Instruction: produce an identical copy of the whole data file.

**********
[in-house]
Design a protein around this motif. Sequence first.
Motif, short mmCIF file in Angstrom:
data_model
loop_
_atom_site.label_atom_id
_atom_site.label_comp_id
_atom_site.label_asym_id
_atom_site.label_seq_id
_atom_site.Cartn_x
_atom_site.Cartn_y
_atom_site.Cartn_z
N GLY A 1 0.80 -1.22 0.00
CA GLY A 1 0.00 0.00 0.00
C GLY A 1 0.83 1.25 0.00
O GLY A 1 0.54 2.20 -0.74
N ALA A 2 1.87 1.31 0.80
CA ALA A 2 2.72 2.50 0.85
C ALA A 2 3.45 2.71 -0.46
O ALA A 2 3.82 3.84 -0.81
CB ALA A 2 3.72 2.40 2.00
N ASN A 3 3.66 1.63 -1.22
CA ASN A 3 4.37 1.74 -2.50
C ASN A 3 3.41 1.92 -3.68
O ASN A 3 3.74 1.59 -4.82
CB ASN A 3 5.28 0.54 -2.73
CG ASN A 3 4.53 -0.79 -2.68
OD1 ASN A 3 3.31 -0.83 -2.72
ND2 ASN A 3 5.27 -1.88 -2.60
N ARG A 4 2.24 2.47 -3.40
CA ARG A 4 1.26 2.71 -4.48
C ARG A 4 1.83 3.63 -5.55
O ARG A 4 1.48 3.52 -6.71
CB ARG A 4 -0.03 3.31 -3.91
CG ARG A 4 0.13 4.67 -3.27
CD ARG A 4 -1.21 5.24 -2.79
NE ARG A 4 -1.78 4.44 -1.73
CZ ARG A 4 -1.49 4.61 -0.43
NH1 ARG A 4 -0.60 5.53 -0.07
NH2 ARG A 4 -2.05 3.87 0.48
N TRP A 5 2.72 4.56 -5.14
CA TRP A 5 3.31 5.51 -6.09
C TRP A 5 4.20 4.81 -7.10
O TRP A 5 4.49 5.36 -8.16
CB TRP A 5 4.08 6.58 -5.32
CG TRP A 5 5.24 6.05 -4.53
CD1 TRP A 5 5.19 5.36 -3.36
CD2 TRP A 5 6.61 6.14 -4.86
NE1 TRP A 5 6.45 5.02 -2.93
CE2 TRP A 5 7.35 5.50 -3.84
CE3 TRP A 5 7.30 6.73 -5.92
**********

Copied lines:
[in-house]
Design a protein around this motif. Sequence first.
Motif, short mmCIF file in Angstrom:
data_model
loop_
_atom_site.label_atom_id
_atom_site.label_comp_id
_atom_site.label_asym_id
_atom_site.label_seq_id
_atom_site.Cartn_x
_atom_site.Cartn_y
_atom_site.Cartn_z
N GLY A 1 0.80 -1.22 0.00
CA GLY A 1 0.00 0.00 0.00
C GLY A 1 0.83 1.25 0.00
O GLY A 1 0.54 2.20 -0.74
N ALA A 2 1.87 1.31 0.80
CA ALA A 2 2.72 2.50 0.85
C ALA A 2 3.45 2.71 -0.46
O ALA A 2 3.82 3.84 -0.81
CB ALA A 2 3.72 2.40 2.00
N ASN A 3 3.66 1.63 -1.22
CA ASN A 3 4.37 1.74 -2.50
C ASN A 3 3.41 1.92 -3.68
O ASN A 3 3.74 1.59 -4.82
CB ASN A 3 5.28 0.54 -2.73
CG ASN A 3 4.53 -0.79 -2.68
OD1 ASN A 3 3.31 -0.83 -2.72
ND2 ASN A 3 5.27 -1.88 -2.60
N ARG A 4 2.24 2.47 -3.40
CA ARG A 4 1.26 2.71 -4.48
C ARG A 4 1.83 3.63 -5.55
O ARG A 4 1.48 3.52 -6.71
CB ARG A 4 -0.03 3.31 -3.91
CG ARG A 4 0.13 4.67 -3.27
CD ARG A 4 -1.21 5.24 -2.79
NE ARG A 4 -1.78 4.44 -1.73
CZ ARG A 4 -1.49 4.61 -0.43
NH1 ARG A 4 -0.60 5.53 -0.07
NH2 ARG A 4 -2.05 3.87 0.48
N TRP A 5 2.72 4.56 -5.14
CA TRP A 5 3.31 5.51 -6.09
C TRP A 5 4.20 4.81 -7.10
O TRP A 5 4.49 5.36 -8.16
CB TRP A 5 4.08 6.58 -5.32
CG TRP A 5 5.24 6.05 -4.53
CD1 TRP A 5 5.19 5.36 -3.36
CD2 TRP A 5 6.61 6.14 -4.86
NE1 TRP A 5 6.45 5.02 -2.93
CE2 TRP A 5 7.35 5.50 -3.84
CE3 TRP A 5 7.30 6.73 -5.92